The yarrow plant (Achillea millefolium) is an herbaceous flowering perennial. Whether you decide to grow yarrow in your flower beds or in your herb garden, it’s still a lovely addition to your yard. Yarrow care is so easy that the plant is virtually care-free. Let’s take a look at how to plant yarrow and also tips for how to grow yarrow.
How to Plant Yarrow
Yarrow is most often propagated by division, so chances are you’ll buy your yarrow as a plant. Space your plants 12 to 24 inches apart if you’re planting more than one yarrow plant.
You can also start your yarrow herb from seed. Start seeds indoors about six to eight weeks before your last frost date. Sow the seeds in moist, normal potting soil. The seeds should just barely be covered by the potting soil. Place the pot with the yarrow seeds in a sunny and warm location.
The seeds should germinate in 14 to 21 days, depending on the conditions. You can speed up the germination by covering the top of the pot with plastic wrap to keep in moisture and heat. Remove the plastic wrap once the seeds have sprouted.
Regardless of whether your yarrow plants are grown from seed or bought as full plants, you will want to plant them in full sun. They thrive in a wide variety of soils but do best in well drained soil. Yarrow plant will even grow in very poor dry soils with low fertility soil.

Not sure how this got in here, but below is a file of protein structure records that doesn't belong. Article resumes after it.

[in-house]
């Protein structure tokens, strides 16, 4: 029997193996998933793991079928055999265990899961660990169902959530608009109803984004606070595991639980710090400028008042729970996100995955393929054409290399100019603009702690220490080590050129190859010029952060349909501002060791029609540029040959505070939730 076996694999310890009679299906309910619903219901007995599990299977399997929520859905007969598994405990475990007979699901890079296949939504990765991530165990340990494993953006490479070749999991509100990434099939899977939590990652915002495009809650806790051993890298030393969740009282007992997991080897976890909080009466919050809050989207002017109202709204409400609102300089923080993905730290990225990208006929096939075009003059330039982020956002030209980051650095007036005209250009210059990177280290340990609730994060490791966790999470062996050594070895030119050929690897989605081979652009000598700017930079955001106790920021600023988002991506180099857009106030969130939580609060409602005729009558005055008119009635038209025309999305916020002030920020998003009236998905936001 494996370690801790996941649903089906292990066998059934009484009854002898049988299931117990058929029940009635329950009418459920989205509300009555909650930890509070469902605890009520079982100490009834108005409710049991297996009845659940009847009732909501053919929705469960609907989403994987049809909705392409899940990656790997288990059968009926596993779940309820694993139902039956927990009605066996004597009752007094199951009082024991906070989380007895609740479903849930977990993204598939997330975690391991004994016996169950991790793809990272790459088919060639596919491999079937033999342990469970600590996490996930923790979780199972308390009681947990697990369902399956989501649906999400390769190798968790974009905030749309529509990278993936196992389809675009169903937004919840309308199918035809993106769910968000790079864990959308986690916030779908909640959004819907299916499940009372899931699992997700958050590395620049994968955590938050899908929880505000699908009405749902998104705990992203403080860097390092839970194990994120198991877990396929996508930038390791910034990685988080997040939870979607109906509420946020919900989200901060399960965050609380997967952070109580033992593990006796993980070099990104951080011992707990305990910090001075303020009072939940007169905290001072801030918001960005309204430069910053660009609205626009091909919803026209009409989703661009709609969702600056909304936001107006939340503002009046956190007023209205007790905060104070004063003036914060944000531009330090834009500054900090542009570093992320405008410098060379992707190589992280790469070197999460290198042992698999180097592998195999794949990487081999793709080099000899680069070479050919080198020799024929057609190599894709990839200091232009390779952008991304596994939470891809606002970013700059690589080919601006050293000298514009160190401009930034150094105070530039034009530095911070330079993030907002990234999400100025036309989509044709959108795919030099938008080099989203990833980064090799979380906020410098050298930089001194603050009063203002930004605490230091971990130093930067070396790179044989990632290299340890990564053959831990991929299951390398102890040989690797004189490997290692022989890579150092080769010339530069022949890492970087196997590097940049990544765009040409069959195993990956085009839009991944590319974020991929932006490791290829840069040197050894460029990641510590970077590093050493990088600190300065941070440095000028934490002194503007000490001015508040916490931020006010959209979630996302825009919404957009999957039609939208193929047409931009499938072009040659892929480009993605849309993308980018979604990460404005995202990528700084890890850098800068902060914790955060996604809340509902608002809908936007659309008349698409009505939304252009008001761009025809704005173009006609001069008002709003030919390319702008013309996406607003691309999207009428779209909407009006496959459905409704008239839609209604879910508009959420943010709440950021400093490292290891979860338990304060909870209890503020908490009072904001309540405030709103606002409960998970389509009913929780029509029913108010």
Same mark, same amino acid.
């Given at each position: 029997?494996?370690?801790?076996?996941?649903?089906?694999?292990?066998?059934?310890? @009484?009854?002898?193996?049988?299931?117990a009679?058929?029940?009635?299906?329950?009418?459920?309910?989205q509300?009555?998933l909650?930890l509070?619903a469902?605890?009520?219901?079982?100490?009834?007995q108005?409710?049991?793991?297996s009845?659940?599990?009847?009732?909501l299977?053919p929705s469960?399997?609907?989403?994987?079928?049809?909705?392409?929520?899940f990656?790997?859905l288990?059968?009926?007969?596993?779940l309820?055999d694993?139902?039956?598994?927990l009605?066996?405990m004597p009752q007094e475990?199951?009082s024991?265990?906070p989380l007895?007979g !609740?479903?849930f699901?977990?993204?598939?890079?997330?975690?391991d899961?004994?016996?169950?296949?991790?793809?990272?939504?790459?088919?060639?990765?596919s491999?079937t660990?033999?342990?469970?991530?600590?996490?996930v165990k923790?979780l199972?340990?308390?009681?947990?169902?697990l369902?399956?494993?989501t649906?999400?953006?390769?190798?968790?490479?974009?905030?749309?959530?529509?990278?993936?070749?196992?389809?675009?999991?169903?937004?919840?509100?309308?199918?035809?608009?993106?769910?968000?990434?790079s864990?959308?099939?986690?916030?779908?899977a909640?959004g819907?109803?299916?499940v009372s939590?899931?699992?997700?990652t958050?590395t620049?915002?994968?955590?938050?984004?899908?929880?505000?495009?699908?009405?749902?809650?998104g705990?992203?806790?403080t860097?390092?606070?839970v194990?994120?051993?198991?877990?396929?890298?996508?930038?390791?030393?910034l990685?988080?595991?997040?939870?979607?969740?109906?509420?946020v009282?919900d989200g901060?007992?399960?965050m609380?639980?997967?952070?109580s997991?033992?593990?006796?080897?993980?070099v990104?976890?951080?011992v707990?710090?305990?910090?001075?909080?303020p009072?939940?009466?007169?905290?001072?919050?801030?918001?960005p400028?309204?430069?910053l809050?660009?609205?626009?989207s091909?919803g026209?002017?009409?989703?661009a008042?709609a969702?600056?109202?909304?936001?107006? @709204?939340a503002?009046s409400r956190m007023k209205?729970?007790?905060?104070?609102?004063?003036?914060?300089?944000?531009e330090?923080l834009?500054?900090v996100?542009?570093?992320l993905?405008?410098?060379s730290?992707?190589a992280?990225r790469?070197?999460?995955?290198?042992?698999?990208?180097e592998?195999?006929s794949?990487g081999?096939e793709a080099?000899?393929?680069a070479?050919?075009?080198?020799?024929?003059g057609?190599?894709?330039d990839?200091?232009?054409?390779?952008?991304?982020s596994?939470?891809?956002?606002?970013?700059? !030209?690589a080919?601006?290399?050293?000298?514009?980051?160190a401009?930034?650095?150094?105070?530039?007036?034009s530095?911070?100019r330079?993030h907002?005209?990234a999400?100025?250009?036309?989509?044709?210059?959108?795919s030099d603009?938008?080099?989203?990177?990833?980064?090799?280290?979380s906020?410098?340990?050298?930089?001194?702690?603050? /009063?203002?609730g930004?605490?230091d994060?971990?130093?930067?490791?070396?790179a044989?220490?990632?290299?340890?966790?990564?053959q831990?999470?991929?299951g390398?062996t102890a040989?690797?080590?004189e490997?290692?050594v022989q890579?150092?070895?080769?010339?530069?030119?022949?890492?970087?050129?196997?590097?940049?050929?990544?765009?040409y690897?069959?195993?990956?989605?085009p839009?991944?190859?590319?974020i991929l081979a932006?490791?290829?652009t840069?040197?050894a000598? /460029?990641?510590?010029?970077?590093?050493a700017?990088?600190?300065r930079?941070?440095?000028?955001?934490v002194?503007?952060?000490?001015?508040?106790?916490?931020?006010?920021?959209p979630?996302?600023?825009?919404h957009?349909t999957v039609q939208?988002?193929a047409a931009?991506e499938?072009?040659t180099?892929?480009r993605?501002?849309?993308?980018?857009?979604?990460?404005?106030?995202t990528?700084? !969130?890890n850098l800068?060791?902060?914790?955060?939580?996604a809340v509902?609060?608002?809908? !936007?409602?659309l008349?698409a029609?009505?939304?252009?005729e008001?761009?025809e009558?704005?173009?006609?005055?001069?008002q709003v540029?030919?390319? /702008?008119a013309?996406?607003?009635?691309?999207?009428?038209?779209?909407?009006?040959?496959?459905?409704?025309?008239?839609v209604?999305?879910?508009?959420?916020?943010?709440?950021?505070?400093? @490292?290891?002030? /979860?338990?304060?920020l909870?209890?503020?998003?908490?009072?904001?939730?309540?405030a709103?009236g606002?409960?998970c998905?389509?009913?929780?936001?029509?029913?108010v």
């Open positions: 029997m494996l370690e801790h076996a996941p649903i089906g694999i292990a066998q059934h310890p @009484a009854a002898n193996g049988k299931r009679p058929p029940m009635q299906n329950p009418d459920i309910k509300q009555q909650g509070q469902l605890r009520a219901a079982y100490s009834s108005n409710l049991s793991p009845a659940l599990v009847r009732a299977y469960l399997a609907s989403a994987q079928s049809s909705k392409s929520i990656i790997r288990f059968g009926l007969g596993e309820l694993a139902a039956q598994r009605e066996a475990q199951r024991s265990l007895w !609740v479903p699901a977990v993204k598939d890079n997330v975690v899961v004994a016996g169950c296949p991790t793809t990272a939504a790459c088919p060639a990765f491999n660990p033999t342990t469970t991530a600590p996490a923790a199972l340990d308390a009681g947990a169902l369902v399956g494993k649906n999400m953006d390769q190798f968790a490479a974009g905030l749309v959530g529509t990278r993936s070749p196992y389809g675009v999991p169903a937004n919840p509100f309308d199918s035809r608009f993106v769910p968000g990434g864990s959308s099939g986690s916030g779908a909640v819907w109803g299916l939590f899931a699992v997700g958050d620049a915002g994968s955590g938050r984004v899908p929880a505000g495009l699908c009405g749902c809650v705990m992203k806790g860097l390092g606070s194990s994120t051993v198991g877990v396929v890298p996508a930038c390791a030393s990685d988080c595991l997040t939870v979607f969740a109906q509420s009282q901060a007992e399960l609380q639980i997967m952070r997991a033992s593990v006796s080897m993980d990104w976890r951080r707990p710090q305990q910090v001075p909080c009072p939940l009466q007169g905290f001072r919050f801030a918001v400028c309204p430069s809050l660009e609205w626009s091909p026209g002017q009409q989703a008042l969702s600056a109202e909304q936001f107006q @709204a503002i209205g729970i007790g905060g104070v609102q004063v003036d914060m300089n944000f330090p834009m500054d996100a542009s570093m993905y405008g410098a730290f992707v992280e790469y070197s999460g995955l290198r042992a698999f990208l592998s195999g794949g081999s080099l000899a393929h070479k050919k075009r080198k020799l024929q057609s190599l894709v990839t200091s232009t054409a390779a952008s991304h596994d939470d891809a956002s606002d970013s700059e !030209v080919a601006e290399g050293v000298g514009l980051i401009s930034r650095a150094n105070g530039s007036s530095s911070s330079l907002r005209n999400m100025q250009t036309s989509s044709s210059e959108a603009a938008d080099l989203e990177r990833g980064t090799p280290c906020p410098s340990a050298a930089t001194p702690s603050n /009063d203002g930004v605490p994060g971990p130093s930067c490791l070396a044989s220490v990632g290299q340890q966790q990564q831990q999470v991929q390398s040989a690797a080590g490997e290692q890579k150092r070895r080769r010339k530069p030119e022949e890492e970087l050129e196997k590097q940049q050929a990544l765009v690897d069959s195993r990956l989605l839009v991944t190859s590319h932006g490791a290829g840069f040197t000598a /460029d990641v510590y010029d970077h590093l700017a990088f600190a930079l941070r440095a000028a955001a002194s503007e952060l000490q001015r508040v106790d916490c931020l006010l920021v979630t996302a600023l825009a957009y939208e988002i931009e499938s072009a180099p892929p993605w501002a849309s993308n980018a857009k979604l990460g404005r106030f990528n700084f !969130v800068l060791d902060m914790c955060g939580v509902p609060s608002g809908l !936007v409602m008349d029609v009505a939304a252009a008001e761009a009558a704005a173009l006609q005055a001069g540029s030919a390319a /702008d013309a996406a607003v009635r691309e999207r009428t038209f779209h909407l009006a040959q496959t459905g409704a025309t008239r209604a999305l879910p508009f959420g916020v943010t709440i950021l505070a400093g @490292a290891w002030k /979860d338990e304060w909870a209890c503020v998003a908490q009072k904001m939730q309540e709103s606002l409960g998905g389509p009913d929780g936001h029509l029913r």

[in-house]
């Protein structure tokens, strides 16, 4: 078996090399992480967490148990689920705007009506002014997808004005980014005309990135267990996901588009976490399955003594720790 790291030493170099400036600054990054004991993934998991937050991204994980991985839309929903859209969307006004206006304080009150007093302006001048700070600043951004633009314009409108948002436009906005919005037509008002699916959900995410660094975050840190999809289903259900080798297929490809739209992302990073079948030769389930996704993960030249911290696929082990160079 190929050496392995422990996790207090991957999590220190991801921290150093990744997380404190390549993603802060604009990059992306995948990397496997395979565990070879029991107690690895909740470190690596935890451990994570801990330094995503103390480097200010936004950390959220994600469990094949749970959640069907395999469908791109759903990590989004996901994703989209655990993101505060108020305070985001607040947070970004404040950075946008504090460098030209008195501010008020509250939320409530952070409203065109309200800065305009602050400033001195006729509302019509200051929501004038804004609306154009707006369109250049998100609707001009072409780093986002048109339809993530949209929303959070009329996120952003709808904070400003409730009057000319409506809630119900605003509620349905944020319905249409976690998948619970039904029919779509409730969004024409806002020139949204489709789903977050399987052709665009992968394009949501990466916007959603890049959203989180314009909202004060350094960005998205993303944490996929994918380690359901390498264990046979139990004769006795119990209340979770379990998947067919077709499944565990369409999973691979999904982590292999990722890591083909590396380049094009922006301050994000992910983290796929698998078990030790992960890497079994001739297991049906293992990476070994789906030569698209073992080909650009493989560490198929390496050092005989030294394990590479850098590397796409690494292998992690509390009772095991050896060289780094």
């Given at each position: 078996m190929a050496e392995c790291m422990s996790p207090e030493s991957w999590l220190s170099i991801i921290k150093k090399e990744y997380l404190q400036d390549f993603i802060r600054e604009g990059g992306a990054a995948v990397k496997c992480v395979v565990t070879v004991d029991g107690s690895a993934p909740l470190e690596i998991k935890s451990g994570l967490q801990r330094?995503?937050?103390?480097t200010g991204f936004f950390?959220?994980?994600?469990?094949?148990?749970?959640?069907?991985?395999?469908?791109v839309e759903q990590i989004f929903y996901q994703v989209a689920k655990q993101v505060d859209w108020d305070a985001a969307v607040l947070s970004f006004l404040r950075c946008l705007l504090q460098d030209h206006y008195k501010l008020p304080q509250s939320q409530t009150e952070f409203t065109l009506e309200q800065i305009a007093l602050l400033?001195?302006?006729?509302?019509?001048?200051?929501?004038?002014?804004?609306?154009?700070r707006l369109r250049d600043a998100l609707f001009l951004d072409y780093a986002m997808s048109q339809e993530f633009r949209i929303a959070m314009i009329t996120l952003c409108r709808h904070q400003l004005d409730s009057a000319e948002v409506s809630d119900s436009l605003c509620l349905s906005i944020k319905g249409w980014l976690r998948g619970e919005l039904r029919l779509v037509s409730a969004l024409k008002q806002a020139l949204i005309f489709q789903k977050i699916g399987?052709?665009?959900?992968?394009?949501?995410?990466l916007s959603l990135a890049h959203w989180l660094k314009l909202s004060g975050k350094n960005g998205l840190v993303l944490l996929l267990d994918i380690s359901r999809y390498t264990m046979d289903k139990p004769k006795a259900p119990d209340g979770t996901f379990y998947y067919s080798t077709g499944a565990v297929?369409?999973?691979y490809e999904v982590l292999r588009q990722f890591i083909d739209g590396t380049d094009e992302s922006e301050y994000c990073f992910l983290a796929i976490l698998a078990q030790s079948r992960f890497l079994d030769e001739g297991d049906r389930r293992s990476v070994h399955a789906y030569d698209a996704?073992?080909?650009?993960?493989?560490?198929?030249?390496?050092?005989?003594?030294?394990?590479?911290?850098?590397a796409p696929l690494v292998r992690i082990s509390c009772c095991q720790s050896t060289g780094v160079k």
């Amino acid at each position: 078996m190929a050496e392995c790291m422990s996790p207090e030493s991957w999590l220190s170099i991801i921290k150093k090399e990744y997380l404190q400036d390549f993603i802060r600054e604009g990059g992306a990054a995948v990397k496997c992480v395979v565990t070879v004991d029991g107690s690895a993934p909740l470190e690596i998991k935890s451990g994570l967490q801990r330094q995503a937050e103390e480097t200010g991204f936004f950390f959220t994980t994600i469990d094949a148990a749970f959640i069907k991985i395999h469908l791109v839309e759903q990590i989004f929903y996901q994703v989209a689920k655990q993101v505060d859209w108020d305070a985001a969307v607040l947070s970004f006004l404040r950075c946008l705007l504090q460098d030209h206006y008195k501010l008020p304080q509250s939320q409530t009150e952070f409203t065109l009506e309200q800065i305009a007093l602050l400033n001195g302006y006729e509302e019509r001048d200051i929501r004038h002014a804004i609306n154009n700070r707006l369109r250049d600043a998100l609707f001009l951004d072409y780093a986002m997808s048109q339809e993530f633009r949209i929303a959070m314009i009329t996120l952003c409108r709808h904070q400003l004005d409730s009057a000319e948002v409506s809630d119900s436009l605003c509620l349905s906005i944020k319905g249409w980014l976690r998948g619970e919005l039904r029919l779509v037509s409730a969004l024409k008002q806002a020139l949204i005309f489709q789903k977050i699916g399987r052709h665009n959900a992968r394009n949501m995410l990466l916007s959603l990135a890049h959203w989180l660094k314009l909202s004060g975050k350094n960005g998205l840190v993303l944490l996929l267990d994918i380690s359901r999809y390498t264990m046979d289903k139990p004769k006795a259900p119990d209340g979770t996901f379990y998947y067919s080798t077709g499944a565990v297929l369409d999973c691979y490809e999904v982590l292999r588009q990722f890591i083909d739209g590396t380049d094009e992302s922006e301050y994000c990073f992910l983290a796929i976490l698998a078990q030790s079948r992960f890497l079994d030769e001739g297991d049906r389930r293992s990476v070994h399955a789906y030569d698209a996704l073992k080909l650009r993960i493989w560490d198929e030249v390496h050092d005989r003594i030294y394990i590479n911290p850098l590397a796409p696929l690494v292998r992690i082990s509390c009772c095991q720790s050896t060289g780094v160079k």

Some caution should be taken when growing yarrow, as in the right conditions, it can become invasive and will then be in need of control.
How to Grow Yarrow
Once you have planted your yarrow, it needs little care. It doesn’t need to be fertilized and only needs to be watered during times of severe drought.
While yarrow needs little care, it is susceptible to a few diseases and pests. Most commonly, plants will be affected by either botrytis mold or powdery mildew. These will both appear as a white powdery covering on the leaves. Both can be treated with a fungicide. Yarrow plants are also occasionally affected by spittlebugs.
Using Yarrow Herb
Yarrow has many uses as an herb. It is commonly used as a medicinal herb that can treat the bleeding of minor wounds, swollen or cramping muscles, reducing fever or to help with relaxing. As with any medicinal herb, yarrow herb should not be taken without first consulting a physician.
On the non-medicinal side, yarrow herb is an astringent and makes a good facial wash or shampoo.
Whether you grow yarrow as a decorative plant or an herb, you can be sure that it will add beauty to your garden. Since yarrow care is so easy, you have nothing to lose by giving this ancient herb a small place in one of your flower beds.